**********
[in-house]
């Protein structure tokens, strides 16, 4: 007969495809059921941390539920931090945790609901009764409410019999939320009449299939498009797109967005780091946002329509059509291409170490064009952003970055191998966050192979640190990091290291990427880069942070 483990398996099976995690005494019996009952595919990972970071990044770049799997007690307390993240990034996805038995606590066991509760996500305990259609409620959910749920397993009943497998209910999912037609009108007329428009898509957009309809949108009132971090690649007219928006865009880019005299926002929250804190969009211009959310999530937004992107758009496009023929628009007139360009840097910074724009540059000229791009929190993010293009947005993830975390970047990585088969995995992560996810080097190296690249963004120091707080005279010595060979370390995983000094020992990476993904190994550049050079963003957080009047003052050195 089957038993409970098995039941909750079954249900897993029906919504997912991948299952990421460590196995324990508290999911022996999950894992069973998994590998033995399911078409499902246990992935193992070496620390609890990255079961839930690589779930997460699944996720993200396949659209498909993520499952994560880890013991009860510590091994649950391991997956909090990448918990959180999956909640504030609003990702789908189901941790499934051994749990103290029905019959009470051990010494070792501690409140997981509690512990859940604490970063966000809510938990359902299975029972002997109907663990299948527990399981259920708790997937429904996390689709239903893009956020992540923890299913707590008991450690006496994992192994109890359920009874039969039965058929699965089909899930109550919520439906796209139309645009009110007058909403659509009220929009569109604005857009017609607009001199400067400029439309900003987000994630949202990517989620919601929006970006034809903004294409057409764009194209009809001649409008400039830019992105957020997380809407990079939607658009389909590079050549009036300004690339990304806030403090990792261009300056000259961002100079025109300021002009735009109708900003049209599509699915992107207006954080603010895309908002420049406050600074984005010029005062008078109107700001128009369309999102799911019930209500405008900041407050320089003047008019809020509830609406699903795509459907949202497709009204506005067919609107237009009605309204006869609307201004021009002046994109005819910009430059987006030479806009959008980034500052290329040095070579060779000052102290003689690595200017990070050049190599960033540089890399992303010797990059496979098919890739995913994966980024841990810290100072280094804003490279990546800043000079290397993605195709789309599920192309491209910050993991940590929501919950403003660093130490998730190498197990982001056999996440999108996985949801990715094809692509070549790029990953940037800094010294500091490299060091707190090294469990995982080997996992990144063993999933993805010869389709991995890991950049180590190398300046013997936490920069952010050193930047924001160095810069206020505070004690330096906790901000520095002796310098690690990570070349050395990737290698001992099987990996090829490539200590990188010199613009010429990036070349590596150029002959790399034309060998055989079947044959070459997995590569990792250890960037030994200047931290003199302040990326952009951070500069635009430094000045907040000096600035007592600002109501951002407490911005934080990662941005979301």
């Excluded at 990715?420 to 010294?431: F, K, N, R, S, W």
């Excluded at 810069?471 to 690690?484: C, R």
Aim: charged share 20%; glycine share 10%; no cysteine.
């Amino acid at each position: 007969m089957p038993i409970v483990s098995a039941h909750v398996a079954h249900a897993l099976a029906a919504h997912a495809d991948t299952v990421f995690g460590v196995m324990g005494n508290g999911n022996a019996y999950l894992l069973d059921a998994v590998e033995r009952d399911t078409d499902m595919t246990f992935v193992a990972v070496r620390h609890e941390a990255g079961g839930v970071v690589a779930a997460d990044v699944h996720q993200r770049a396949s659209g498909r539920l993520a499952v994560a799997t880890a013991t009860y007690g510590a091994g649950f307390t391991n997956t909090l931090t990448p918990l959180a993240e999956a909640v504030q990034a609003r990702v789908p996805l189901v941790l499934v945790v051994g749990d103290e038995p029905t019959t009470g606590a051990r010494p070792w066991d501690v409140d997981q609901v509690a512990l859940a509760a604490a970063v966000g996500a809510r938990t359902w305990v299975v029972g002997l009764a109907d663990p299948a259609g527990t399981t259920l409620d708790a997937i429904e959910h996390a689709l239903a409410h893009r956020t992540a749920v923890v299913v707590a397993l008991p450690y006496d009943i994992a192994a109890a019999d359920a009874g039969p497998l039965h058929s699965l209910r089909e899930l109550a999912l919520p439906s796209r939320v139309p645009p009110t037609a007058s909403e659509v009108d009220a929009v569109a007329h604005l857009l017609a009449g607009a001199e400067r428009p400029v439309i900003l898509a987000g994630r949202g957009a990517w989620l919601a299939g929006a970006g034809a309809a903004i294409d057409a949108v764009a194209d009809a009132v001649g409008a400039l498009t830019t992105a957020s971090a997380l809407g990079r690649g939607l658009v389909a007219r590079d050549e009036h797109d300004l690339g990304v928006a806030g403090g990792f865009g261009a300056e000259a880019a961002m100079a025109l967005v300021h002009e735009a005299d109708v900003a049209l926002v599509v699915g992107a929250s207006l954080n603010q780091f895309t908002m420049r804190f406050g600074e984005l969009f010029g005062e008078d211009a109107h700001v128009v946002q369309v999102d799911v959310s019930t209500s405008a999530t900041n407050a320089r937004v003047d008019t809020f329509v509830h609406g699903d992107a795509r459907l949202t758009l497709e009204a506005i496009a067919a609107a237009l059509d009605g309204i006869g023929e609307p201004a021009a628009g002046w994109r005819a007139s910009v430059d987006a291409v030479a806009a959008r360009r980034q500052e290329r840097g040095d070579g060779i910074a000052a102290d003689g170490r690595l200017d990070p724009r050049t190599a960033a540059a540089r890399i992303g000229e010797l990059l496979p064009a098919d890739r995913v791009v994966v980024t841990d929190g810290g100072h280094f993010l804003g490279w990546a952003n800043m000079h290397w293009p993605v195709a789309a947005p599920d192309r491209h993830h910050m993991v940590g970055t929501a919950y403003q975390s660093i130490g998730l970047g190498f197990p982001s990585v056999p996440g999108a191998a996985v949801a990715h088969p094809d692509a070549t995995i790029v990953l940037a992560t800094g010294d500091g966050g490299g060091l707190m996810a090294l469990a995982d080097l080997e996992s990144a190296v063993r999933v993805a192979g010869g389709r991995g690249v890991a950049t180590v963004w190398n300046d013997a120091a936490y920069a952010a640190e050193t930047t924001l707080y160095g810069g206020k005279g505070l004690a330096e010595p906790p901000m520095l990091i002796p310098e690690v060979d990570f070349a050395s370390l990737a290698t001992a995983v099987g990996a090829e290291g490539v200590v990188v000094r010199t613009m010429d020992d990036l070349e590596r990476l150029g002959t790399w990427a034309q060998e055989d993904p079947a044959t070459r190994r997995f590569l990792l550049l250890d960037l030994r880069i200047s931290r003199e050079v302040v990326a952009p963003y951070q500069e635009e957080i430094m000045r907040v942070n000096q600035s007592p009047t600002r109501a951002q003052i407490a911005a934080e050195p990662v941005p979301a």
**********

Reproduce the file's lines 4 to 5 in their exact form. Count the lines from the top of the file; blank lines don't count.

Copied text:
């Excluded at 810069?471 to 690690?484: C, R």
Aim: charged share 20%; glycine share 10%; no cysteine.